For the last two years, parents of the December 16 gang-rape victim have been trying to come to terms with their daughter’s death, or rather, murder. The barbaric incident shocked the country, led to widespread protests and resulted in stricter punishment for sex crimes, at least, on paper.
But, according to parents of the 23-year-old physiotherapist, rapists are far less afraid of consequences today.
One major reason, they say, is that their daughter’s rapists, who were sentenced to death, are yet to be hanged. “The case is in the Supreme Court. There has not been a single hearing in months. Nobody tells us anything,” says the victim’s father. The rape of a 26-year-old woman by the driver of a cab booked through Uber has reminded them of what their daughter went through.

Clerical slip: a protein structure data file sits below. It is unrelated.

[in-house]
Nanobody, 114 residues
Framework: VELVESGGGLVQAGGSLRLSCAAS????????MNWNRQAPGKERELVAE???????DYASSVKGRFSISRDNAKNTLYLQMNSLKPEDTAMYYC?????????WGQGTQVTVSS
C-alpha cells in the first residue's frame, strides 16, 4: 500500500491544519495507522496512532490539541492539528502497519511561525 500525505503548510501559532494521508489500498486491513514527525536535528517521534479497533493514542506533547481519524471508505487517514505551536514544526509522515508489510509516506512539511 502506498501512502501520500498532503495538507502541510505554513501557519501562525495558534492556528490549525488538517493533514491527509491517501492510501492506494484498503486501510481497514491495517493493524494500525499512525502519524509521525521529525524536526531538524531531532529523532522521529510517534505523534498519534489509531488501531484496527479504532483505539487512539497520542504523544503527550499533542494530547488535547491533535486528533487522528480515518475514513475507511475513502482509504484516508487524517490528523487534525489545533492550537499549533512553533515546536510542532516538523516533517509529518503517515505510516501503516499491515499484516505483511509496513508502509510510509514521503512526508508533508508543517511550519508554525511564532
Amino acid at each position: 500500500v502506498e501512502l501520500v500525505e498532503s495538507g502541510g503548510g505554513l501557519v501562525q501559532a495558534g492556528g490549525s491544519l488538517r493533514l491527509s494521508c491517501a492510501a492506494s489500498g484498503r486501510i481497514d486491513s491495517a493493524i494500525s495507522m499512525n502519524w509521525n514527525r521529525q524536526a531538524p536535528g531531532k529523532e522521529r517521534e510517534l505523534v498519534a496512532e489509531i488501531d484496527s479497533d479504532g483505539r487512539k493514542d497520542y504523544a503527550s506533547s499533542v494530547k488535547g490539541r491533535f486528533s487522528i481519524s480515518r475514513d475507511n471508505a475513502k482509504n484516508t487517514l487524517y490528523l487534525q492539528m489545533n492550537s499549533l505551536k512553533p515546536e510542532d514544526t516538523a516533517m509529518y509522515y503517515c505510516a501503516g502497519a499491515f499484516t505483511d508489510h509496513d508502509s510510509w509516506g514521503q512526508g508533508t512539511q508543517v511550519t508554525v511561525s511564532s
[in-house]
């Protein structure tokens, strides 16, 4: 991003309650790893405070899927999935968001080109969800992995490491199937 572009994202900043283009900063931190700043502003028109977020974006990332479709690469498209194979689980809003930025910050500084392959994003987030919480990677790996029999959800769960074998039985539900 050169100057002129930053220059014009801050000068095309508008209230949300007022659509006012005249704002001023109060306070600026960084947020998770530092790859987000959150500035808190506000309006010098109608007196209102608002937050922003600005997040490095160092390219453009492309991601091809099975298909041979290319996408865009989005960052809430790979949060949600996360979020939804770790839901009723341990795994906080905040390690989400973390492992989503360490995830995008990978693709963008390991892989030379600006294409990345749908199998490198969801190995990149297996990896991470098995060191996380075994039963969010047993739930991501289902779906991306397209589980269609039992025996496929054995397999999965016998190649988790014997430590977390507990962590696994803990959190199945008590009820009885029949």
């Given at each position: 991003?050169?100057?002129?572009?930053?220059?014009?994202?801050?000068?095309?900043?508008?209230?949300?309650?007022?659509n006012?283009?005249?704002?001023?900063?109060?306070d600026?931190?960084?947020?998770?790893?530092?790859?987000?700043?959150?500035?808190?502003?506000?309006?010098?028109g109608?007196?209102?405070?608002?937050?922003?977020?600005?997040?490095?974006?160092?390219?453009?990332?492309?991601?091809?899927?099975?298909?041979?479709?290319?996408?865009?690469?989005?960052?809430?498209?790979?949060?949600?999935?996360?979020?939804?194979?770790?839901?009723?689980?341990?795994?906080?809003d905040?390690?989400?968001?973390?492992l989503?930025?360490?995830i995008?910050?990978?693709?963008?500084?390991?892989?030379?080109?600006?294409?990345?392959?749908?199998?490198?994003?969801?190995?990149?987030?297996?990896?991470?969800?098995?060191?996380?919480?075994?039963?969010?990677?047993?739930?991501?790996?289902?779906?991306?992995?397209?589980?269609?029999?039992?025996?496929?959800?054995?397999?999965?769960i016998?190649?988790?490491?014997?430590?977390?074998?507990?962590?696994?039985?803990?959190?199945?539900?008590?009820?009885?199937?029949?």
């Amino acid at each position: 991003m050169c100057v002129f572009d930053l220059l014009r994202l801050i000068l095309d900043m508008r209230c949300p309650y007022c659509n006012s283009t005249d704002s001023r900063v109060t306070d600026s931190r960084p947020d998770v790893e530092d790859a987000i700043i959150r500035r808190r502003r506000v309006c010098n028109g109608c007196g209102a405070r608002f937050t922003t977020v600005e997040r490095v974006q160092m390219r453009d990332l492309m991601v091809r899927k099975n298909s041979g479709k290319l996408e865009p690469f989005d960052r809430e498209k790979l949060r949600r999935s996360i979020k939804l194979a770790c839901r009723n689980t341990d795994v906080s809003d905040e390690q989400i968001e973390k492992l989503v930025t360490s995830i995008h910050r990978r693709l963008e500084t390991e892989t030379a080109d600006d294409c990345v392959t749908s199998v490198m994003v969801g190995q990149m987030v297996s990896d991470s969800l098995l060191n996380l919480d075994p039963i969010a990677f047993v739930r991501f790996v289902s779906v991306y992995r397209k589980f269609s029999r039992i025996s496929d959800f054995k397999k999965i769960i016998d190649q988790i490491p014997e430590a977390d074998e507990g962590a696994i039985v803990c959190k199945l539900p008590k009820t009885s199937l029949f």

“Fresh laws are no deterrent. This (Uber) taxi driver referred to how our daughter’s rapists brutalised her with an iron rod. He even threatened the passenger that he too had an iron rod handy if she resisted or complained later,” says the distraught mother.
According to her, rapists today are emboldened “as they know nothing actually happens”. She feels punishing the December 16 rapists will prevent Uber-like cases.
Regretting that nothing has changed on ground, she says, “Autorickshaws still refuse to ferry people to certain places saying they would not get passengers while returning. They refuse to travel to Dwarka. This is what forced my daughter into unsafe travel.”
Her husband agrees. “My daughter was killed on a bus. People said the vehicle was unsafe. Cabs are supposed to be the safest. But look what’s happening. How do women commute? Government spends so much money. Why can’t women security be a focus area in the years to come?” he asks.
One of the December 16 rape accused, Ram Singh, died in Tihar in March 2013. In August of the same year, the lone juvenile convict in the case was sent to a reform facility. A month later, a lower court found the remaining four accused guilty of rape and murder, and sentenced them to death. In March 2014, the Delhi high court upheld the death penalty, following which the convicts moved the Supreme Court.
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